With the exception of some northeastern states, turkey season is either in full swing or about to be all across the country. Obviously, weather can play a role in where birds are in their breeding activity. For example, Scott Haugen, our expert for today, feels that cold weather and snow can kick back peak breeding for a week or two in his area. But given a normal spring, he’s confident that toms will be actively seeking and breeding hens on the April 15th opener in his home state of Oregon, as well as across a wide swath of the country with mid-April openers.

No matter where you are trying to tag a tom, Haugen’s advice on the importance of scouting and setting up correctly will serve you well—even in the Deep South where cold fronts are a relative term, and even in the northeastern where you may have to wait a couple week yet before you can put his advice to work.

Related: The Best Days of the Strut: 7 Must-Hunt Dates for the 2024 Turkey Season

The Pro: Scott Haugen, Oregon

Oregon turkey hunting expert Scott Haugen poses with a tom turkey in deep spring woods.
Scott Haugen with a gobbler he took in the deep woods of Oregon’s Cascade Mountains. Scott Haugen

This spring will be Scott Haugen’s 48th seasaon in the turkey woods. While his writing and television gigs have him traveling the continent to hunt, his favorite haunts are the western foothills of Oregon’s Cascade Mountains. His home-turf hunt never grows old, he says, noting that the combination of wind and ice storms that continually change the habitat and the growing presence of predators (including mountain lions, bobcats, coyotes, and fox) have combined to influence turkey behavior in ways he never imagined when he started—all making for a great challenge.

Like any true expert, Haugen has adapted to the changing conditions and continues to be successful on the Rio Grande gobblers he hunts near home. Many of Haugen’s tactics can be found in his popular book Hunting Western Turkeys, which is available on his website.

The Strut Stage: Early Breeding

The April 15 opener in Haugen’s neck of the woods typically coincides with the early-breeding phase—and where he hunts, it also means that the birds are on the move. “Most of the turkeys spend the winter at lower elevations, but as spring kicks in, they start moving up into the foothills where I hunt,” Haugen says. “Some of these areas are 12 to 15 miles from their wintering grounds, so having an idea where turkeys are going before they get there is the key to success as the breeding starts up in these areas. Sometimes the birds make a move in response to the first warmup, then a cold front or bad weather kicks in and things get delayed a week or two. But I’ve been scouting and monitoring flocks since late winter, so I generally know where to expect to find toms regardless of what’s happening with weather.” Whether your turkeys make a big move in early spring or small moves from woodlot to woodlots as flocks break up, it pays to keep tabs on them during this early-breeding period.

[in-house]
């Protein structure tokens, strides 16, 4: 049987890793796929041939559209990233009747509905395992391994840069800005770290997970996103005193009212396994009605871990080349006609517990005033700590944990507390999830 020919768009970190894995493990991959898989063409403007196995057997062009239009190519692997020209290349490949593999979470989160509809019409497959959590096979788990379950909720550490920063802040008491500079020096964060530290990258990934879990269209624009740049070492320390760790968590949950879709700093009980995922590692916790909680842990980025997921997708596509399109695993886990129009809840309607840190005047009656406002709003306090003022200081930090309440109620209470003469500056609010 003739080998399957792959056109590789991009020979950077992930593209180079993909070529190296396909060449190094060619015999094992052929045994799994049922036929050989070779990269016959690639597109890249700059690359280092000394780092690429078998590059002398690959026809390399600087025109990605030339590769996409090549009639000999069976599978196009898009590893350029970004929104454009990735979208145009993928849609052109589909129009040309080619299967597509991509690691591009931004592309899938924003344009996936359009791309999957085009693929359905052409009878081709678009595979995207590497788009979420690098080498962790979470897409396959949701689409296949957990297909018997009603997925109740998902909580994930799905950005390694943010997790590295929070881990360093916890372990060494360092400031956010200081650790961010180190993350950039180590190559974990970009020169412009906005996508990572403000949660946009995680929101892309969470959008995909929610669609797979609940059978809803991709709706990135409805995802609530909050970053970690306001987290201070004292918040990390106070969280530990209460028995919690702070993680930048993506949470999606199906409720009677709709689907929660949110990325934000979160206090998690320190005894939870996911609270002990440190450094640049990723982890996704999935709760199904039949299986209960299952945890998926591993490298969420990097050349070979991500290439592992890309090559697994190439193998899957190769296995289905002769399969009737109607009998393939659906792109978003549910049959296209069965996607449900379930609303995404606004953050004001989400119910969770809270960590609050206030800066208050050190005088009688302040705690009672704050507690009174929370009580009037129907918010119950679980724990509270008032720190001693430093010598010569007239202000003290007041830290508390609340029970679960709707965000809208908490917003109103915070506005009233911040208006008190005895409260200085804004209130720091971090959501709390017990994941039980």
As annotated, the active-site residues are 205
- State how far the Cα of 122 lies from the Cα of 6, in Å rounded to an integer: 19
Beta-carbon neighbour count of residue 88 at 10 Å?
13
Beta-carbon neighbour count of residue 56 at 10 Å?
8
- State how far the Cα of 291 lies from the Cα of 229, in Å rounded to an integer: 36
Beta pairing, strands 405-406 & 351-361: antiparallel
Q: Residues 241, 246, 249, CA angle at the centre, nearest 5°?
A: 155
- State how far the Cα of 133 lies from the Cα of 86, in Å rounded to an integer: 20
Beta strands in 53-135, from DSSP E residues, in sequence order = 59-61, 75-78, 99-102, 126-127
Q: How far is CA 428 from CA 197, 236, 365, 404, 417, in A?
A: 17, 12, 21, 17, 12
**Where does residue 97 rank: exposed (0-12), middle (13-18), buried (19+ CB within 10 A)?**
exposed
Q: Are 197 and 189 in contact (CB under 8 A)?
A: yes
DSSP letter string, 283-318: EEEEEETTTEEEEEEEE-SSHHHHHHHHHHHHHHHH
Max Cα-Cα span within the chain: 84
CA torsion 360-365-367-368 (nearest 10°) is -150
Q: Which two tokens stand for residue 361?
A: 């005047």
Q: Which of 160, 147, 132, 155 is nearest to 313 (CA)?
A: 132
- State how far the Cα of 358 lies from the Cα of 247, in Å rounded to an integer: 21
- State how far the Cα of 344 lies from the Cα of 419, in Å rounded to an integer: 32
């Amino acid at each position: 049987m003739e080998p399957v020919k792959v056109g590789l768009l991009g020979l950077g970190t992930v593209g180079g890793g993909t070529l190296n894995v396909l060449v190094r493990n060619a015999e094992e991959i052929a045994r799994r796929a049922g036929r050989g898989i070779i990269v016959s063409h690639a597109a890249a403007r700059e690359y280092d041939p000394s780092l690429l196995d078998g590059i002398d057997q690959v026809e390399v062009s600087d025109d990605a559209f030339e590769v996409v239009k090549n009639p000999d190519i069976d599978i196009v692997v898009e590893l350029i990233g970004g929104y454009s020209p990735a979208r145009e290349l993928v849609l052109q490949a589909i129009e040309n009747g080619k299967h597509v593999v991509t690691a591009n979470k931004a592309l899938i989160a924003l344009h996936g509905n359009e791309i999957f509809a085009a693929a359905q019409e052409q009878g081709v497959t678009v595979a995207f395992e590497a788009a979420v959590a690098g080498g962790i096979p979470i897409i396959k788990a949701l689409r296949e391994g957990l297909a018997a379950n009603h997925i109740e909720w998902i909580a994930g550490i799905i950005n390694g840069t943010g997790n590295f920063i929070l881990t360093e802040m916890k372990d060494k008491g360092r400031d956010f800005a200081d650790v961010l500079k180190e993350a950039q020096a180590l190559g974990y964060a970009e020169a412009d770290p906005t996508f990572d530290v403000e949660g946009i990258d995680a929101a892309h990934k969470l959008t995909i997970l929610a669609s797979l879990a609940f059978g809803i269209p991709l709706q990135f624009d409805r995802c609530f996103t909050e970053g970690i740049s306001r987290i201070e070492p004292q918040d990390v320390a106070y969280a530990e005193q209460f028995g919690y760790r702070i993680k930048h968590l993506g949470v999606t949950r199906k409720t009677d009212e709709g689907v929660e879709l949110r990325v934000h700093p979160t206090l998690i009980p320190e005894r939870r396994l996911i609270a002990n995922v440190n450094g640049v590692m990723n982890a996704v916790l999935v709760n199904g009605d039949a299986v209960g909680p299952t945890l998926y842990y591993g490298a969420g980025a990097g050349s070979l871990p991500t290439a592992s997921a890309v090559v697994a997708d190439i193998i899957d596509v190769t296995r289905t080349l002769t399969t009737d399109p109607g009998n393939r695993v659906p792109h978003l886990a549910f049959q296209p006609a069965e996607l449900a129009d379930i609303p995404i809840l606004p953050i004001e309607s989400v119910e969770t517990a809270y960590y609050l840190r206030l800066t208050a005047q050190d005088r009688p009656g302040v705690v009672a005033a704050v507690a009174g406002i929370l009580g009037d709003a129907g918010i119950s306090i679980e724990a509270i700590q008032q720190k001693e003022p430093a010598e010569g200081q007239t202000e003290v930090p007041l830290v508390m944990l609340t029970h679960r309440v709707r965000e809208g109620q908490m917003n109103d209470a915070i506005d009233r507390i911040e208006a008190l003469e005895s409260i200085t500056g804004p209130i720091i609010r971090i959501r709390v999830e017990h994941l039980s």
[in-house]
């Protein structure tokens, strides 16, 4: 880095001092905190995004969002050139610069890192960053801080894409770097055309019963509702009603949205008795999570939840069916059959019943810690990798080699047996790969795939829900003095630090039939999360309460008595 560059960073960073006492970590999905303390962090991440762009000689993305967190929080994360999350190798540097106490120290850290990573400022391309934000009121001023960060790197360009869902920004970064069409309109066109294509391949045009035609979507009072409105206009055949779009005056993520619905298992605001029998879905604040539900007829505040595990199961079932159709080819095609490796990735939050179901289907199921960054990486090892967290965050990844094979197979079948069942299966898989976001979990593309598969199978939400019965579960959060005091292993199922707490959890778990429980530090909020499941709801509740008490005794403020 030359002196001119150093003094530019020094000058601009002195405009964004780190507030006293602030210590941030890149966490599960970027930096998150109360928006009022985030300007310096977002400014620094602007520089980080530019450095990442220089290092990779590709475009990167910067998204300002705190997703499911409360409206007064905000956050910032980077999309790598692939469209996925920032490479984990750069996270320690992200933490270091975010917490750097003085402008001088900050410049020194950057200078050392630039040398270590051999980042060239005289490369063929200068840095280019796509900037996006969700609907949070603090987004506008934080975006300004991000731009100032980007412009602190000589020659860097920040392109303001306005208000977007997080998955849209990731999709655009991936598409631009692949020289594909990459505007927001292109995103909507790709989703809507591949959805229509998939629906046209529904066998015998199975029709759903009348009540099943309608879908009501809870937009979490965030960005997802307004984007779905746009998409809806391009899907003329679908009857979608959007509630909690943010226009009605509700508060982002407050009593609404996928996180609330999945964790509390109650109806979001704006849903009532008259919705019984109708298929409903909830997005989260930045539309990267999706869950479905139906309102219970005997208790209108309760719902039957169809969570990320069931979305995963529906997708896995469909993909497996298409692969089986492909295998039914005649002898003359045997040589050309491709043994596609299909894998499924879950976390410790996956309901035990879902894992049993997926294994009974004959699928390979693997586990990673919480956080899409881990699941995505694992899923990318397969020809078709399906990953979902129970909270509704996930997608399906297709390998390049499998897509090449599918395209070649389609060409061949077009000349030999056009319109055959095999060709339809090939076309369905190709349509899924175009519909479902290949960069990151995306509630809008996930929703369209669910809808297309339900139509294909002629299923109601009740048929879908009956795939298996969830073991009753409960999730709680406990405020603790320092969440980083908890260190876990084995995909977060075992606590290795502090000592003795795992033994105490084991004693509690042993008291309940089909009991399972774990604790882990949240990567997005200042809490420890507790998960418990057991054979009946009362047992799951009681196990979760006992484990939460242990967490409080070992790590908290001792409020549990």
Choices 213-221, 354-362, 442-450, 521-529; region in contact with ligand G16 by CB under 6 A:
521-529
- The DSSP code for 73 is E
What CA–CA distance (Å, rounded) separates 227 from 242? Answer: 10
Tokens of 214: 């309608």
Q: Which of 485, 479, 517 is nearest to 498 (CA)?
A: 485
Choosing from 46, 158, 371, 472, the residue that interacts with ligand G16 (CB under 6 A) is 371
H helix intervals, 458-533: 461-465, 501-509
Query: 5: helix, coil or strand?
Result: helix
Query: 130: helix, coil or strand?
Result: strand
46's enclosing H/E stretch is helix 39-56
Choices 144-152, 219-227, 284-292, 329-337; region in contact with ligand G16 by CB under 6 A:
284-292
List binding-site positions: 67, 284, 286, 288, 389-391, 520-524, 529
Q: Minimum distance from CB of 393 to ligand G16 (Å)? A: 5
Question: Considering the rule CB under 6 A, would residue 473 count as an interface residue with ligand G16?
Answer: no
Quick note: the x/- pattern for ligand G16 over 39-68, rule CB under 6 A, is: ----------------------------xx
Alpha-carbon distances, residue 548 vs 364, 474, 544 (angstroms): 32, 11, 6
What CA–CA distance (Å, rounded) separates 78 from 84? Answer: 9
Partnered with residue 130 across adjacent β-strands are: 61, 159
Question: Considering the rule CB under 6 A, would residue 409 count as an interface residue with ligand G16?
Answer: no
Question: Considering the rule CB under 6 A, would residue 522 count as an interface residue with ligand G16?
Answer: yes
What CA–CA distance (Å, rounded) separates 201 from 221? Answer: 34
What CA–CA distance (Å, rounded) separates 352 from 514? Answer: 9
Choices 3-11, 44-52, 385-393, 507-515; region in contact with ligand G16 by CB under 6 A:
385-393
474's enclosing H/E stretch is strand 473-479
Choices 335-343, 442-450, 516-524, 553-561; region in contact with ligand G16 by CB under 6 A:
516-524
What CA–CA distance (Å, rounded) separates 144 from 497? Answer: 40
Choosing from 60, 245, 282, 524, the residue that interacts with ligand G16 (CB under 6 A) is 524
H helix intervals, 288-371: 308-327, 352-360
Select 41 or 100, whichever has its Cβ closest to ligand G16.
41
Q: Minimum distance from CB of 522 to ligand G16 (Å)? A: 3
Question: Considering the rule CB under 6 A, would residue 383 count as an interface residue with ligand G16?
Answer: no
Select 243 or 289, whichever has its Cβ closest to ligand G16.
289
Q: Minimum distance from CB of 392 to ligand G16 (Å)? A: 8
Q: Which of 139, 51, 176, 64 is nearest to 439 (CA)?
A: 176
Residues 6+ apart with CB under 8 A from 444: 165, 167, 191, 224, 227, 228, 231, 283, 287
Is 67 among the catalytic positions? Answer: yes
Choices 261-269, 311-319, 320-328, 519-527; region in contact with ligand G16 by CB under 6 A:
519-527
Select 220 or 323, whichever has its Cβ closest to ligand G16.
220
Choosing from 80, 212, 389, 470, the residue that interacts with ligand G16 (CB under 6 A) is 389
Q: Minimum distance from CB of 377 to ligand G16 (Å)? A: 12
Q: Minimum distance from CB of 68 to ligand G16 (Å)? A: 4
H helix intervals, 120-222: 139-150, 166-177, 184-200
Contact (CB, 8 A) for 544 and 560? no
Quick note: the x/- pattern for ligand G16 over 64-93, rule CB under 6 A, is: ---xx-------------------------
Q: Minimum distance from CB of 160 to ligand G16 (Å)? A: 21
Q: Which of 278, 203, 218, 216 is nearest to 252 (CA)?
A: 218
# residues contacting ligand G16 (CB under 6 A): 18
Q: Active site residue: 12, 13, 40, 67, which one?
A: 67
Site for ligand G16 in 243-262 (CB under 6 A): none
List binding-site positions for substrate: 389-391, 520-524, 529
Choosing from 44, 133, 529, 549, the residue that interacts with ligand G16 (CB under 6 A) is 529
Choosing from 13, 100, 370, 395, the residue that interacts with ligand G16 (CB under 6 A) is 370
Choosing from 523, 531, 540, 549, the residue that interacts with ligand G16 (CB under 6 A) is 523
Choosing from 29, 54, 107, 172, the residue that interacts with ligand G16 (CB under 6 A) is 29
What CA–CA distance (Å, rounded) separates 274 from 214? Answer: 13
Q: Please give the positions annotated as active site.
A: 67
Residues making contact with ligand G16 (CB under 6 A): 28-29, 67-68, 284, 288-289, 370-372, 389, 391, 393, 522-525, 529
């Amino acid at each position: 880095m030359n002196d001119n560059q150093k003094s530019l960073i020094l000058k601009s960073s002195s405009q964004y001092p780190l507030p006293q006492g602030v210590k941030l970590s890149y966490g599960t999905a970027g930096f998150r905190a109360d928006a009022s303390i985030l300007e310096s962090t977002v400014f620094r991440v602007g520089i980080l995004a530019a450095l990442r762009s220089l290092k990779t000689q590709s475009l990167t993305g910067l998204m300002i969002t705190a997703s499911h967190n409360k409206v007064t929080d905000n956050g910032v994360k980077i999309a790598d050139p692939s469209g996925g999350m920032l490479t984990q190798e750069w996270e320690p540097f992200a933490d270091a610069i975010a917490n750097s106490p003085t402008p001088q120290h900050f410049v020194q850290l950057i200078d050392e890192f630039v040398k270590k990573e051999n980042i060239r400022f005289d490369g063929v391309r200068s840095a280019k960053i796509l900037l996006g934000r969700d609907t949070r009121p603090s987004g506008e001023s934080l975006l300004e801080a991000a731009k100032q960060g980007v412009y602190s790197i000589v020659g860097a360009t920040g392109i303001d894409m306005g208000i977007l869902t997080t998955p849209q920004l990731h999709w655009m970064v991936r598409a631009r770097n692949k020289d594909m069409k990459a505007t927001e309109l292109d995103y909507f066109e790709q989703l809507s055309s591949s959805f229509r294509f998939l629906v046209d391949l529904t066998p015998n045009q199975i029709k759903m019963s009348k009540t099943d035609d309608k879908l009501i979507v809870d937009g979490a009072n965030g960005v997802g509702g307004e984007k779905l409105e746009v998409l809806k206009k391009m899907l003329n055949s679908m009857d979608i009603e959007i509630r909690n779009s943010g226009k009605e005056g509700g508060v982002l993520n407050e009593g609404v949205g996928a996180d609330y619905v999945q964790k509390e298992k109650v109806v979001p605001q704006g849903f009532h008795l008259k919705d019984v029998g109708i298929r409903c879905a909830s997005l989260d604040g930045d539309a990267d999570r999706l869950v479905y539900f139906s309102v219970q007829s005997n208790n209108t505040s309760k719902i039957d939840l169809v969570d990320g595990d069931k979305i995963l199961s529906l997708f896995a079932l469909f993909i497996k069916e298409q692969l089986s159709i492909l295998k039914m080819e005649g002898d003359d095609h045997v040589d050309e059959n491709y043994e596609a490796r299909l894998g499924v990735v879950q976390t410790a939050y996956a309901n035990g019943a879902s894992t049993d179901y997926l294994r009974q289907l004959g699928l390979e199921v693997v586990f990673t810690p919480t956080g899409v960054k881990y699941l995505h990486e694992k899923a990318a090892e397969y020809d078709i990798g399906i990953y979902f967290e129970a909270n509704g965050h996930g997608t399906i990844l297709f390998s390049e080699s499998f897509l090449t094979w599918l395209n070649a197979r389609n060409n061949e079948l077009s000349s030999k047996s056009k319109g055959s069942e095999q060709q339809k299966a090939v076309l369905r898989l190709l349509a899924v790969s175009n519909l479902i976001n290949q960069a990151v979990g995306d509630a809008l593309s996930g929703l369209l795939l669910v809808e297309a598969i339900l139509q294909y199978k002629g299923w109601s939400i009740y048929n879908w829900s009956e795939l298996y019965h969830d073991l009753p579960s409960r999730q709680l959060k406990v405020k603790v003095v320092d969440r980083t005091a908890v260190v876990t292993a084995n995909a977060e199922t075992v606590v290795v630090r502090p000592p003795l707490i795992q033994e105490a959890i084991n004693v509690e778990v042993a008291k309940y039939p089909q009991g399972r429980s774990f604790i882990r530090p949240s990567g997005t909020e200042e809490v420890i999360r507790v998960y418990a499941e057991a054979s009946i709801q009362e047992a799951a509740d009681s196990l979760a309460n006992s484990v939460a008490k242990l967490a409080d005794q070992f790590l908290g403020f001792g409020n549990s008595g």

Expert Tactic for April 15: Tag a Mid-Morning Tom with Deer Tactics

Expert turkey hunter Scott Haugen poses in the woods with two large tom turkeys.
A pair of mature gobblers Haugen took using a preening hen decoy. Scott Haugen

Haugen keeps track of the big-traveling Rios in his area by scouting for them much like he would deer and elk. “I start putting out trail cameras in January to keep track of bachelor groups of toms,” he says. “Then, as winter turns to spring, I keep moving them up the mountain to identify the favorite places of toms and hens. I don’t use cellular cams here because they simply don’t work with the poor signal. Plus, getting out to physically check cameras allows me to scout for actual bird sign, such as tracks, droppings, and feathers. I’ve found that following trails established by deer and elk is the best method for doing this. Not only do the turkeys use these same trails, but the paths connect openings that turkeys really love to use after fly down. On a typical day’s hunt, I’ll choose one particular ridge that may be a mile wide and 3 miles long, and I’ll spend most of the day moving between these openings and trying to yelp up a gobbler.”

Primos trail camera photo of turkeys
Trail-cam shots like this one can help you keep tabs on where gobblers want to be during the early-breeding phase. Primos

While his mountain Rios often gobble well on the limb, Haugen says they can be less talkative on the ground. “We have so many predators here—cougar, coyotes, bobcats–that turkeys are really hesitant to talk much as they travel. This is where all the scouting comes into play; I want to put myself where turkeys already want to go, and I find the best action by working these openings where I’ve had my trail cams, from 9 a.m. on. I also think turkey decoys are important, they give a tom confidence that the hen he’s been hearing is actually real. I’ve had great success with the DSD Preening Hen, which real hens seem to avoid but lures in gobblers for the close shot I’m seeking. I hunt with a .410 and shoot most of my birds at bow ranges.”

Haugen’s advice for you in your hunting area is simple: Scout, scout, and scout, including with trail cameras, to find out where birds want to be after flydown and through midmorning. That way it doesn’t matter so much if they don’t gobble after flydown, because you can still be confident knowing you’re in the right spot to intercept a tom.